Nancy, 4 others earn from poll donations
MANILA, Philippines – Campaign spending reports for almost half of the senatorial candidates are out, and they reveal 5 senatorial bets who even earned from the otherwise costly exercise.
The one-page summaries of the candidates’ Statement of Election Contributions and Expenses (SOCEs) show that two candidates from the opposition United Nationalist Alliance (UNA), two from Team PNoy, and an independent got more donations than they were able to spend.
Out of the 33 senatorial candidates, 32 claim to have submitted their SOCEs to the Commission on Elections, but only 29 are with the poll body (3 said they sent their reports through registered mail). The Comelec, however, made available to reporters the summary reports of only 15 candidates on Friday, June 14.
Of these 15 bets, the biggest earner is UNA’s Nancy Binay, a political neophyte and daughter of the Vice President. She saved a little over than P8 million from her campaign kitty, while finishing 5th in the winning circle with 16.81 million votes.
Binay received campaign contributions totalling P136.87 million, but spent only P128.7 million.
Reporting the next highest campaign savings is independent candidate Ramon Montaño. The retired police general, who garnered only 1 million votes, received P6.63 million in contributions, but spent only P1.38 million, declaring P5.25 million in unused funds.
Also holding an extra P1.17 million from the campaign is Team PNoy’s Paolo Benigno “Bam” Aquino IV. The presidential cousin, the only Liberal Party bet who won, reported getting P125.5 million in donations and spending only P124.33 million.
A revenue regulation issued by Bureau of Internal Revenue (BIR) on June 14, 2011, classifies unused campaign contributions as the candidate’s income and therefore subject to tax.
Section 2 of Revenue Regulation No. 7-2011 states: “Unutilized/excess campaign funds, that is, campaign contributions net of the candidate's campaign expenditures, shall be considered as subject to income tax, and as such, must be included in the candidate’s taxable income as stated in his/her Income Tax Return (ITR) filed for the subject taxable year.”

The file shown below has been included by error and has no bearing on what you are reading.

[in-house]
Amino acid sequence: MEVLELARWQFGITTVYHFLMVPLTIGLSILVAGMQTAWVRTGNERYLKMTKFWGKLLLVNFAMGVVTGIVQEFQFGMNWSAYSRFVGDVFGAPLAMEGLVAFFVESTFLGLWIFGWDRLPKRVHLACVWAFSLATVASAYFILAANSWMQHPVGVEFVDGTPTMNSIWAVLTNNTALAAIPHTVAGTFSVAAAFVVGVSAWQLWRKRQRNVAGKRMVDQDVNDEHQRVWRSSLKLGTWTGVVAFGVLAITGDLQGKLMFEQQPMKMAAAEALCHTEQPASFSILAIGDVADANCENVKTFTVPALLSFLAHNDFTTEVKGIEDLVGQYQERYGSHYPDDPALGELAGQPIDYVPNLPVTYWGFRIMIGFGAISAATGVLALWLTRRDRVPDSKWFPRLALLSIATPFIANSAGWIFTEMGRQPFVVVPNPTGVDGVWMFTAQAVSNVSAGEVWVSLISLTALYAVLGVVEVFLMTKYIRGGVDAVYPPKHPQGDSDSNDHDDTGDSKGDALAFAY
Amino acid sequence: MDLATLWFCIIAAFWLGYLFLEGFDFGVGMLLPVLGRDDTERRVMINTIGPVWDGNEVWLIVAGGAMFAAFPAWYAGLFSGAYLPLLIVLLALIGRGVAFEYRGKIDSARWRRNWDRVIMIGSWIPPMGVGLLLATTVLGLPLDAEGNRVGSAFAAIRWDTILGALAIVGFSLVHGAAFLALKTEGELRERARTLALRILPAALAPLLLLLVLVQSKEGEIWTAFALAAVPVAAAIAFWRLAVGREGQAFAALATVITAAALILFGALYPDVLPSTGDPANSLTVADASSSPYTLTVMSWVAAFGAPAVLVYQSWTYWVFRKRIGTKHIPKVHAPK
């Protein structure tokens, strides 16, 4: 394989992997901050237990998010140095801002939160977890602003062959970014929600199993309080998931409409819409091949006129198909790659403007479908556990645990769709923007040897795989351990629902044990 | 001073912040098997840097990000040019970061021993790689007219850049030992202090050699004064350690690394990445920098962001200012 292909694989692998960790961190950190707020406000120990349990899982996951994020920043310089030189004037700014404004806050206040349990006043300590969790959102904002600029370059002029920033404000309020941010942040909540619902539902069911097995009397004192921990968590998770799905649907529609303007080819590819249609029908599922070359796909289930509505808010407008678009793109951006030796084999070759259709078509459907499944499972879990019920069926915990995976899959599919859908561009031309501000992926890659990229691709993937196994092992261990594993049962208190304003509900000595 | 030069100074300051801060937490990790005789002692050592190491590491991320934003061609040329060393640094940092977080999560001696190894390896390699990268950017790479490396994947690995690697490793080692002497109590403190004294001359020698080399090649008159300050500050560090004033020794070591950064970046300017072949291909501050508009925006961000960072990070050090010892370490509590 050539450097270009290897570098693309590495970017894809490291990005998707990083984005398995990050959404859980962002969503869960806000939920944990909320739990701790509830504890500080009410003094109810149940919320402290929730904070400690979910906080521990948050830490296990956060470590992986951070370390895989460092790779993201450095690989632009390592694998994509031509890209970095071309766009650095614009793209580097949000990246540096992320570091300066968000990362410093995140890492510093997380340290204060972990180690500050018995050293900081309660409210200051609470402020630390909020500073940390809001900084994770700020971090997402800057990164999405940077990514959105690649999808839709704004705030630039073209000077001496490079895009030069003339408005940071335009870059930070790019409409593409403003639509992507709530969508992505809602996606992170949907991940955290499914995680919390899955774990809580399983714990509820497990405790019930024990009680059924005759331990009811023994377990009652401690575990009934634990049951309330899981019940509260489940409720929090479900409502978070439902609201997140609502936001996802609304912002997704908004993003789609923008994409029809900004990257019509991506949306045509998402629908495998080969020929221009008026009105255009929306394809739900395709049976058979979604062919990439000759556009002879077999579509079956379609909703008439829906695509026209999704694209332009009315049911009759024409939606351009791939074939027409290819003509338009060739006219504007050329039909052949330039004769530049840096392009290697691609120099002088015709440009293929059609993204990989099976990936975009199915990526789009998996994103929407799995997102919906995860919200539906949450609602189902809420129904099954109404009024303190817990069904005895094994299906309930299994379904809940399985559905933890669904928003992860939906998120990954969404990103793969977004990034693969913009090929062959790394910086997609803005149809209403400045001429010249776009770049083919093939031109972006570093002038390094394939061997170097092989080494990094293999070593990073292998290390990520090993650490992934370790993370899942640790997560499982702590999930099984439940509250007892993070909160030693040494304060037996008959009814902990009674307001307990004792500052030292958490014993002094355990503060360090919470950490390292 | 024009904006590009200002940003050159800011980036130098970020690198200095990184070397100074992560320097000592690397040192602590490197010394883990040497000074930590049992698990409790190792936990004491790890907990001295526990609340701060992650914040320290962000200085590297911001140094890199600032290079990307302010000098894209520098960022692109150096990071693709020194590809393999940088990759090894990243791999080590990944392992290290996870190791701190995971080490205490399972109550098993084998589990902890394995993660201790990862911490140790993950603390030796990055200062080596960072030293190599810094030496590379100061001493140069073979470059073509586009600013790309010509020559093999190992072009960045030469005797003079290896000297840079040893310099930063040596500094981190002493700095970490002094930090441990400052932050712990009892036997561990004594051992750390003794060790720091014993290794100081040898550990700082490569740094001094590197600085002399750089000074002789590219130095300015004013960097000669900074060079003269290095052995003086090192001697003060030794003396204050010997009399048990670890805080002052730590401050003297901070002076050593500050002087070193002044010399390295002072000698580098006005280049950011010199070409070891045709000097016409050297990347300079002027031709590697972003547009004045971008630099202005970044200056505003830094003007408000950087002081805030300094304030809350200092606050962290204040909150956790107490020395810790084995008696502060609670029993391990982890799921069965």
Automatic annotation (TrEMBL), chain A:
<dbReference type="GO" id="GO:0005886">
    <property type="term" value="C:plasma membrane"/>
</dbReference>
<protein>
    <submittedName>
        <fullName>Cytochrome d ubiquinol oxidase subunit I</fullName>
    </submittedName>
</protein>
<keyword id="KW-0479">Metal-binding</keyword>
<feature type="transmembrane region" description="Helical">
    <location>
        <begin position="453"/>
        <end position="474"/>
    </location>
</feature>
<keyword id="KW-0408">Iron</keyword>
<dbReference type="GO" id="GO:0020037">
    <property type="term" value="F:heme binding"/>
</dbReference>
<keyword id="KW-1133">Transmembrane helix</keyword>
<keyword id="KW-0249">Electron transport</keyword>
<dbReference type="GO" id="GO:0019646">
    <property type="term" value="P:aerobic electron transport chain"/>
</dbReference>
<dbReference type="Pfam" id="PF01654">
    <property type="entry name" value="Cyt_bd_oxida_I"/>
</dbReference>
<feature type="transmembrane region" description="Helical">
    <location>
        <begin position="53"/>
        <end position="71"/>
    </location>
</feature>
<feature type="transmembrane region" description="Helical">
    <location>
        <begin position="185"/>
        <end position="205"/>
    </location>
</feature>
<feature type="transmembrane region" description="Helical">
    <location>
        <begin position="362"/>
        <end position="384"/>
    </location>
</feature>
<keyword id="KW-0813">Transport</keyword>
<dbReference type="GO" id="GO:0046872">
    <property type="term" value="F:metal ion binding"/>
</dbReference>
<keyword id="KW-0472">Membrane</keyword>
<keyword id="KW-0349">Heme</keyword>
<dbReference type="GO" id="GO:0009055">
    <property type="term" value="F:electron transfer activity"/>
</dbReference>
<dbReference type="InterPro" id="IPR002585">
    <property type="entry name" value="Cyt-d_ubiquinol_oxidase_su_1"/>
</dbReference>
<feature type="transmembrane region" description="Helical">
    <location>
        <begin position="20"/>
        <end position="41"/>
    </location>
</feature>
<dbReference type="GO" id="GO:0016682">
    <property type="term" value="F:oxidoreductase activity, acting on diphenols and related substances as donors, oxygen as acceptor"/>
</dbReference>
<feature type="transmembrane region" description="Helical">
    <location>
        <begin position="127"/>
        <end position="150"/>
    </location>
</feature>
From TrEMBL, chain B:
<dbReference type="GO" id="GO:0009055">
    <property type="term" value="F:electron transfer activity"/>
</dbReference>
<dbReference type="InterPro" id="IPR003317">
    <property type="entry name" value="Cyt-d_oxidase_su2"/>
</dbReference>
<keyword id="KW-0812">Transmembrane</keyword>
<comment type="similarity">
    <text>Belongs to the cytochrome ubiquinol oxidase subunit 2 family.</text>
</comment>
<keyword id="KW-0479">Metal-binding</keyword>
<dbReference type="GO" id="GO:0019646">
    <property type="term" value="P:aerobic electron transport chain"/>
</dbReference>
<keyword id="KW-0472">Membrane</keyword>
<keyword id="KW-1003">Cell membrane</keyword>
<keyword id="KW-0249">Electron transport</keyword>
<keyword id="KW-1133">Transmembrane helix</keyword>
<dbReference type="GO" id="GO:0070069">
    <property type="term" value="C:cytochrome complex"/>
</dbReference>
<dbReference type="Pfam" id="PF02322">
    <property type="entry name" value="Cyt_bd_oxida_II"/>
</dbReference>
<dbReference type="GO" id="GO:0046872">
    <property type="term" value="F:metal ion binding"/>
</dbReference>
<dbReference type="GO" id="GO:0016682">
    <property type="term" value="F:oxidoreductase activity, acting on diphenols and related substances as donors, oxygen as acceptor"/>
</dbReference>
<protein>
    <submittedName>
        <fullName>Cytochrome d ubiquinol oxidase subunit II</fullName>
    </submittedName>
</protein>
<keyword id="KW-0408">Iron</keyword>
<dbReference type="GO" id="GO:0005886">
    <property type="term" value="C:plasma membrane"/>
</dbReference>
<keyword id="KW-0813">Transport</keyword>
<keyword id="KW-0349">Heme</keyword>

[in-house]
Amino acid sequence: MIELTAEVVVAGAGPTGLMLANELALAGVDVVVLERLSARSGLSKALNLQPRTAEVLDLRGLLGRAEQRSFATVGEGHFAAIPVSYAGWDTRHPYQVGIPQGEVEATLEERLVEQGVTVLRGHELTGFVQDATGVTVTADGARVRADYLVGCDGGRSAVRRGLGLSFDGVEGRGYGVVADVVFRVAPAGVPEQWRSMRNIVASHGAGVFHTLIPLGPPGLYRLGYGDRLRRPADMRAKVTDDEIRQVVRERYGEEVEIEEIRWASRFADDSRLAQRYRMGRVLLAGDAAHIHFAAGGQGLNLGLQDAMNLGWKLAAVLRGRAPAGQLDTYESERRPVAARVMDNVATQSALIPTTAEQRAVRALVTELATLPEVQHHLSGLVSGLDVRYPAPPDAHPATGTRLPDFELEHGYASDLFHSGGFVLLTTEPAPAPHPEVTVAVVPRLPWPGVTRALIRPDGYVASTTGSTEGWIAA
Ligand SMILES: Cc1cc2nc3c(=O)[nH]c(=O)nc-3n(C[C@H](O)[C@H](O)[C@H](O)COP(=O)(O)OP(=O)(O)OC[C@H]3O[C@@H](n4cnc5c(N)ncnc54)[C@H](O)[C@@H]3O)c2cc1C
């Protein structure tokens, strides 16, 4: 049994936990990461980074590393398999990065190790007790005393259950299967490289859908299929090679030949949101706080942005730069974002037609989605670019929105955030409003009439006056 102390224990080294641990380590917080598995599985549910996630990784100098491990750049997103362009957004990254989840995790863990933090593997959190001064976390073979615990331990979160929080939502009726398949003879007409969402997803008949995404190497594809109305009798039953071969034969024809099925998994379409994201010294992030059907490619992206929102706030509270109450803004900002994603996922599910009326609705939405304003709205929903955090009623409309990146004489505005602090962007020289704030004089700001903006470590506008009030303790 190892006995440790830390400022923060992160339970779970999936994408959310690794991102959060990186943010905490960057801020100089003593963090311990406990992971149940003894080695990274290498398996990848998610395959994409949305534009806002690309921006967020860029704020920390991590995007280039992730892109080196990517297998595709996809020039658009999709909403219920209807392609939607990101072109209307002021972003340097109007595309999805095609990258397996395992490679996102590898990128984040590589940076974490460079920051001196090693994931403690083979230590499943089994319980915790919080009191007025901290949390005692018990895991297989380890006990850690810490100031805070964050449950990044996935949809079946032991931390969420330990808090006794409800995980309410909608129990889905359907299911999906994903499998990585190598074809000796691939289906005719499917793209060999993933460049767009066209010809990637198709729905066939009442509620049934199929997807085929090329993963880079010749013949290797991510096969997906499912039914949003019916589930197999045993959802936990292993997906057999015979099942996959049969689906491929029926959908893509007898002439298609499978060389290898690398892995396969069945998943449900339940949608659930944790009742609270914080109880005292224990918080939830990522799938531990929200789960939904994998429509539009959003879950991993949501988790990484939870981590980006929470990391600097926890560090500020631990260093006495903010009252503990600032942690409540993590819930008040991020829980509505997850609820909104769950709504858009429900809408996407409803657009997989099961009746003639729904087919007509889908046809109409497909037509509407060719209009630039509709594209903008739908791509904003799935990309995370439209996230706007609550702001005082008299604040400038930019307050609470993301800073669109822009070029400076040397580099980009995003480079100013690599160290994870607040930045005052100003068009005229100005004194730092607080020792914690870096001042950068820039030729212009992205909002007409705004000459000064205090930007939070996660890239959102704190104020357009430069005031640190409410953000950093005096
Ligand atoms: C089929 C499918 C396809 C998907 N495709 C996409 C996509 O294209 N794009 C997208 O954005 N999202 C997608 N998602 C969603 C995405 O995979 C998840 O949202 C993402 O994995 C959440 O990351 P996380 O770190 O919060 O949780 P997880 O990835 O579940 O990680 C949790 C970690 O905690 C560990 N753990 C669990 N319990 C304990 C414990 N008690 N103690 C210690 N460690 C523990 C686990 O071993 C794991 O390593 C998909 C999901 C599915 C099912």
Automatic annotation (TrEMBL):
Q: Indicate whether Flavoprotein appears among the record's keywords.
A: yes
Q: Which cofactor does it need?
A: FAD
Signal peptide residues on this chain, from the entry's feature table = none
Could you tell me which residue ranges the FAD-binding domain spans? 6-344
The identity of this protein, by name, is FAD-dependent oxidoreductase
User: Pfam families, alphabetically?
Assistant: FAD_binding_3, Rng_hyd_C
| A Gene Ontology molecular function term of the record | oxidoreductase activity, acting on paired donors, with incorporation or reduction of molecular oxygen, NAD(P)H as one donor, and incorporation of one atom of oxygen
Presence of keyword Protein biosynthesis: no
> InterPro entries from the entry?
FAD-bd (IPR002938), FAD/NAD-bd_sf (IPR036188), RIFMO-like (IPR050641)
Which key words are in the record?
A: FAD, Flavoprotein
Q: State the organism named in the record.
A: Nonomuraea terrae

Should candidates fail to file their campaign spending reports, the BIR will consider them not having spent anything, and will therefore consider “the entire amount of such campaign contributions” as their personal taxable incomes.
Jack and Grace, too
Two other candidates – one losing, one winning – reported campaign savings, but only less than half a million pesos each.
Juan Ponce “Jack” Enrile Jr of UNA, who failed to make it to the Top 12, saved almost P400,000. He received P150.8 million in contributions and spent P150.4 million. Enrile was the candidate who received the most contributions, going by SOCE reports that were submitted to the Comelec.
Grace Poe-Llamanzares of Team PNoy saved almost P160,000, after receiving P123.61 million in donations and spending P123.45 million.
The table below shows the exact amounts of campaign contributions, expenses, and savings of the 5 senatorial candidates:
Drawing from own pockets
Nine of the 15 candidates, however, reported the opposite experience, shelling out their own monies to tide their campaigns over.
Spending the highest amount of personal funds was Nacionalista Party’s Cynthia Villar, who ran under Team PNoy and grabbed the 10th Senate seat. She spent P131.66 million to sustain her campaign, since she received only P2.61 million in donations. Her campaign required a total of P134.27 million.
As former congresswoman of Las Piñas, Villar was consistently the richest member of the House of Representatives, according to her Statement of Assets, Liabilities and Network. She always jointly declared assets with her senator-husband, Manuel Villar Jr.
Another candidate from a known rich family spent the second highest amount of personal money to campaign. Liberal Party’s Jamby Madrigal, who ran under Team PNoy, spent P39.13 million, having received zero contributions. She lost her bid to return to the Senate.
Another former senator who attempted to return to the chamber but lost – Ernesto Maceda of UNA – spent quite an amount of personal funds, P24.62 million. He received P6.2 million in contributions, but his campaign required P30.82 million.
Two more losing candidates spent millions of their own monies: independent Ricardo Penson (P19.7 million) and Liberal’s Ramon Magsaysay Jr (P16.1 million).
Four candidates drew from their own pockets less than P1 million each: re-electionists Alan Peter Cayetano (almost P620,000), Antonio Trillanes IV (about P555,000); and losing bets Samson Alcantara of the Social Justice Society (almost P344,000) and Christian Señeres of the Democratic Party of the Philippines (almost P340,000).
The table below shows the exact amounts of campaign contributions, expenses, and personal funds spent by the 9 senatorial candidates:
|MAGSAYSAY, Ramon Jr||51,084,000.00||67,155,705.79||-16,071,705.79|
|CAYETANO, Alan Peter||130,425,463.81||131,044,782.33||-619,318.52|
|TRILLANES, Antonio IV||29,580,000.00||30,135,014.77||-555,014.77|
One candidate – John Carlos “JC” delos Reyes of Ang Kapatiran – reported zero balance. His SOCE shows the only contribution he received was P20,000 from his party, and he spent that same amount to campaign. – Rappler.com